How Mental Time Travel Can Make Us Better People, specifically thinking about the future.
Diversity returns to Lakeland stream after restoration puts its bends back. It was straightened in the 1800s, which seemed like a good idea, but "caused a fast flowing stream, removing gravel for fish to spawn in, removing habitats for insects and despite the initial intentions, increasing the risk of flooding as the narrow straight flow led to flash flooding after heavy rainfall."
A Hacker News thread about the pros and cons of mounting solar panels directly on the ground instead of up on racks.
And Mastodon is an emerging alternative to Twitter.
December 22. To polish off the year, I've just gone through the text file where I draft posts, and picked out some half-baked short bits.
Why do drugs feel good? Are there substances that have the same effects on consciousness and perception, without the euphoria? If so, I'm curious to try them. If not, why not? Is there a deeper connection between altered perception and feeling good?
What we call the "mind" is the part of the mind that can go off and do its own thing; what we call the "body" is the part of the mind that's connected to other beings.
If you could spawn as a character in a video game, would you rather be struggling to survive and given an exciting quest? Or would you rather be comfortable, with nothing in particular you have to do? How many of our political conflicts could be explained as seeing the world as more or less gamelike?
IQ tests should not be timed. Someone who finishes in 20 minutes, and someone who finishes in three hours, should get the same score if they get the same number of questions right. You might object, what if someone sits in the testing room for a whole week making sure every answer is perfect? I say, give that person an important job.
The effect of AI on creative work, is that human creatives will have to learn to do stuff that AI can't do. Under this pressure, humans are going to learn a lot about what we're good at.
The great creative works of the 2300's will be fanfic, transparently copying the past. They'll look at our copyright law like we look at feudalism.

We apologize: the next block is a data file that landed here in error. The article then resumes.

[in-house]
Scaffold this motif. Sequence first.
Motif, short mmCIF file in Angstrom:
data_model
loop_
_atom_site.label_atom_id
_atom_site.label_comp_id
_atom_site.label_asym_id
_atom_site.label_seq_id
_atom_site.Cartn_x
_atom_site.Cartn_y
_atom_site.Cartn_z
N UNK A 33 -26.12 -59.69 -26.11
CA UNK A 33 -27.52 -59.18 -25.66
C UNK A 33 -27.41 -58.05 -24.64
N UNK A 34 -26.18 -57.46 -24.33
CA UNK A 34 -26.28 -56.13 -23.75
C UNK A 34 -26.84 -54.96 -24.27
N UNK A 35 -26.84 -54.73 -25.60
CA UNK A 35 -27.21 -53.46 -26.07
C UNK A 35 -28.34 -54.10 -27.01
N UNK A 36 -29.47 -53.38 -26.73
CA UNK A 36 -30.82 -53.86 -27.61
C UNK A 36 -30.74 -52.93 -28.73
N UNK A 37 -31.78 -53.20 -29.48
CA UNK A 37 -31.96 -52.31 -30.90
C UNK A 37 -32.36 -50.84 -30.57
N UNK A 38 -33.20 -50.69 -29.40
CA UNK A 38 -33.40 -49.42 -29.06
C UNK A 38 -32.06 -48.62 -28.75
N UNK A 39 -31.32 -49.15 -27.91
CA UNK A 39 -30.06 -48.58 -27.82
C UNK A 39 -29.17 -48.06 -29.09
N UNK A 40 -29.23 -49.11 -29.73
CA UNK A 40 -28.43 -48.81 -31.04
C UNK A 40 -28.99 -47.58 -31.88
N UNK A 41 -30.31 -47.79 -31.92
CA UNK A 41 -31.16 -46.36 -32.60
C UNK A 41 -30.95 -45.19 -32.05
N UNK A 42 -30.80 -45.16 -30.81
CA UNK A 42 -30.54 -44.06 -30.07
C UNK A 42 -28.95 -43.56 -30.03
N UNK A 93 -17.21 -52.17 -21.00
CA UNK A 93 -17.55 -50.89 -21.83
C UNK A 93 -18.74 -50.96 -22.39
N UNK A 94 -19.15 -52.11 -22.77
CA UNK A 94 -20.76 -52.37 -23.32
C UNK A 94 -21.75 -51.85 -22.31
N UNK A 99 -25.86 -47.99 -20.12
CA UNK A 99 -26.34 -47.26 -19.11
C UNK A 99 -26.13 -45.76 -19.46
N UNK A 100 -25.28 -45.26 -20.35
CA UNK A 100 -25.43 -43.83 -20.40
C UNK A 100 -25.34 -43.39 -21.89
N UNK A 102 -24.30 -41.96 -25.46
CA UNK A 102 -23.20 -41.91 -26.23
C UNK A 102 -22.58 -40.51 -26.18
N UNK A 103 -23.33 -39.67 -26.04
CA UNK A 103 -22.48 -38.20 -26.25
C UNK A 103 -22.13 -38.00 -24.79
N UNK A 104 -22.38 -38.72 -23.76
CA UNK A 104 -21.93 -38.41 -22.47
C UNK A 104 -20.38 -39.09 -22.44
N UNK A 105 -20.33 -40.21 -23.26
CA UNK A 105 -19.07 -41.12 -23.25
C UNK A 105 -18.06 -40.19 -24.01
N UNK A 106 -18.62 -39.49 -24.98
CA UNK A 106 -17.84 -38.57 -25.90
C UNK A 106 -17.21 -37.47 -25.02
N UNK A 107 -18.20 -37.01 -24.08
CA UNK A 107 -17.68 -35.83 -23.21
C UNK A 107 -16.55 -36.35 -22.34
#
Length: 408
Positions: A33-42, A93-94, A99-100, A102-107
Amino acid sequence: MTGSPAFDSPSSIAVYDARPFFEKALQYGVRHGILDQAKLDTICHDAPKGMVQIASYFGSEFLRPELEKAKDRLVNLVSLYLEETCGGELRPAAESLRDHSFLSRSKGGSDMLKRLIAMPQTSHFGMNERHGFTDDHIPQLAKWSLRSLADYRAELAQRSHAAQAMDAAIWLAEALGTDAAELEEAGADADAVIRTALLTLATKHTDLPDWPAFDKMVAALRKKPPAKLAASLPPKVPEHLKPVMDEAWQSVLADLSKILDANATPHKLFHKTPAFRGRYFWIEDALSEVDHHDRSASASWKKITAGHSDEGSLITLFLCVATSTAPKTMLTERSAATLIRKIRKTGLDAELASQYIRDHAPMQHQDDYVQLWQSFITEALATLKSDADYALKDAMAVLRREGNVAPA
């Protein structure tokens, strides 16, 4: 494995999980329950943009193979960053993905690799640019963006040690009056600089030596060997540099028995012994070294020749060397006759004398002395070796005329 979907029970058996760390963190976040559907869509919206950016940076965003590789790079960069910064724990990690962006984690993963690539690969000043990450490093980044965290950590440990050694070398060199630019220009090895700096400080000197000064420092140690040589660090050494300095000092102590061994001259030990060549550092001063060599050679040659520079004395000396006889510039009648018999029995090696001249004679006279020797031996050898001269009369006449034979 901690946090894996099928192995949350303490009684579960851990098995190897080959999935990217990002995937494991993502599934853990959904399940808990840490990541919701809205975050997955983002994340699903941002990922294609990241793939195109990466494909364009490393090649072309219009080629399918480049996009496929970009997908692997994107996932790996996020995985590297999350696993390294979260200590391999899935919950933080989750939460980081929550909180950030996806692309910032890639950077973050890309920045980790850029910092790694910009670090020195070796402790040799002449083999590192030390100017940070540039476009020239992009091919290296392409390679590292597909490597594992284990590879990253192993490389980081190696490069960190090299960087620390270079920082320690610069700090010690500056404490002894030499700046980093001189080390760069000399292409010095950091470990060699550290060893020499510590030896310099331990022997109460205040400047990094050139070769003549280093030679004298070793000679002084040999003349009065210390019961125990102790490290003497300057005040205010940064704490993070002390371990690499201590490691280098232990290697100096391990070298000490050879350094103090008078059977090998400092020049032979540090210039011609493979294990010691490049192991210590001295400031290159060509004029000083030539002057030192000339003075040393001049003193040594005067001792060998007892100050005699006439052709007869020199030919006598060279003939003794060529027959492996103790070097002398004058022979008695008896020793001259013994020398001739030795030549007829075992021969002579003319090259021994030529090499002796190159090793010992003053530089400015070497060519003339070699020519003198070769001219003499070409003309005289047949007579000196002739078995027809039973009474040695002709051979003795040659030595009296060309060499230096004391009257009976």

December 19. More stray links. Argentina has just won the World Cup, so here's a 2014 piece from FiveThirtyEight, Lionel Messi Is Impossible:
It's not possible to shoot more efficiently from outside the penalty area than many players shoot inside it. It's not possible to lead the world in weak-kick goals and long-range goals. It's not possible to score on unassisted plays as well as the best players in the world score on assisted ones. It's not possible to lead the world's forwards both in taking on defenders and in dishing the ball to others. And it's certainly not possible to do most of these things by insanely wide margins.
They finally found a way that weed is bad for you. Marijuana linked to heart disease; supplement may mitigate risk. The supplement is called genistein, and I've already ordered a bottle.
Study suggests mind-wandering is an underlying dysfunction among children with ADHD. Mind-wandering is not a dysfunction. It's a talent that our society doesn't know how to work with.
Posted to the subreddit, 'Luddite' Teens Don't Want Your Likes. And a no-paywall link.
Also from the NYT, They Fought the Lawn. And the Lawn's Done. "After their homeowner association ordered them to replace their wildlife-friendly plants with turf grass, a Maryland couple sued. They ended up changing state law." (no-paywall link)
I remember when I was growing up, every house in the neighborhood had a regular lawn, except this one house where a weird couple lived. One night, someone stole the "Yard of the Month" sign from whatever yard had won it, and stuck it in their yard. They interpreted it as social pressure, and made a half-assed lawn. Now, in the same neighborhood, at least a third of the front yards have no lawns. Also the trees are less pruned, and the whole vibe is more like a wild area. This is all part of a cultural change, where people take less meaning from imposing their will on nature, and more meaning from giving nature space to do its own thing.
December 16. Stray links. Mike Leach, the most interesting American football coach, unexpectedly died this week. This is a good article about him, Mike Leach, the beautiful mind who saw everything differently.
The Game of Life is a computer thing where cells go light or dark depending on what neighboring cells are doing. Life Universe is a new infinitely zoomable Game of Life.
A fun piece from the New Yorker, I'm thrilled to announce that nothing is going on with me.
For the holiday, an article about the 1964 classic Rudolph the Red-Nosed Reindeer, and how it was made in Japan.